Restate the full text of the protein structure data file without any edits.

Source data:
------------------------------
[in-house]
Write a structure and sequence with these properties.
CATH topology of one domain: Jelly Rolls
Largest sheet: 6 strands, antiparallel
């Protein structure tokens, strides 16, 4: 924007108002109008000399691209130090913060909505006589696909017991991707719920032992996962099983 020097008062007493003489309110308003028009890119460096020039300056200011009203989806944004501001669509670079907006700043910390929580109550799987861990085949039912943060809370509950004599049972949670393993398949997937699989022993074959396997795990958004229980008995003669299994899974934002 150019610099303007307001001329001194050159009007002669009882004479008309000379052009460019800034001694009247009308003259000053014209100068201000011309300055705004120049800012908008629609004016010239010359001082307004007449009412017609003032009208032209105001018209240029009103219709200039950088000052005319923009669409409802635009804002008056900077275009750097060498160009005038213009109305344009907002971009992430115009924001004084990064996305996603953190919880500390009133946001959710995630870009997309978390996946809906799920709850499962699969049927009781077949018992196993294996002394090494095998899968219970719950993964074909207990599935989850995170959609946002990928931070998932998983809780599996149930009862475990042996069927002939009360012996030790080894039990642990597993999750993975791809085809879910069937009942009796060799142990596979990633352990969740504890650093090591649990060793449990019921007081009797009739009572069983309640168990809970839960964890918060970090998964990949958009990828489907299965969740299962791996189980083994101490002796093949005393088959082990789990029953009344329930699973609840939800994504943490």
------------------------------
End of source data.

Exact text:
[in-house]
Write a structure and sequence with these properties.
CATH topology of one domain: Jelly Rolls
Largest sheet: 6 strands, antiparallel
């Protein structure tokens, strides 16, 4: 924007108002109008000399691209130090913060909505006589696909017991991707719920032992996962099983 020097008062007493003489309110308003028009890119460096020039300056200011009203989806944004501001669509670079907006700043910390929580109550799987861990085949039912943060809370509950004599049972949670393993398949997937699989022993074959396997795990958004229980008995003669299994899974934002 150019610099303007307001001329001194050159009007002669009882004479008309000379052009460019800034001694009247009308003259000053014209100068201000011309300055705004120049800012908008629609004016010239010359001082307004007449009412017609003032009208032209105001018209240029009103219709200039950088000052005319923009669409409802635009804002008056900077275009750097060498160009005038213009109305344009907002971009992430115009924001004084990064996305996603953190919880500390009133946001959710995630870009997309978390996946809906799920709850499962699969049927009781077949018992196993294996002394090494095998899968219970719950993964074909207990599935989850995170959609946002990928931070998932998983809780599996149930009862475990042996069927002939009360012996030790080894039990642990597993999750993975791809085809879910069937009942009796060799142990596979990633352990969740504890650093090591649990060793449990019921007081009797009739009572069983309640168990809970839960964890918060970090998964990949958009990828489907299965969740299962791996189980083994101490002796093949005393088959082990789990029953009344329930699973609840939800994504943490």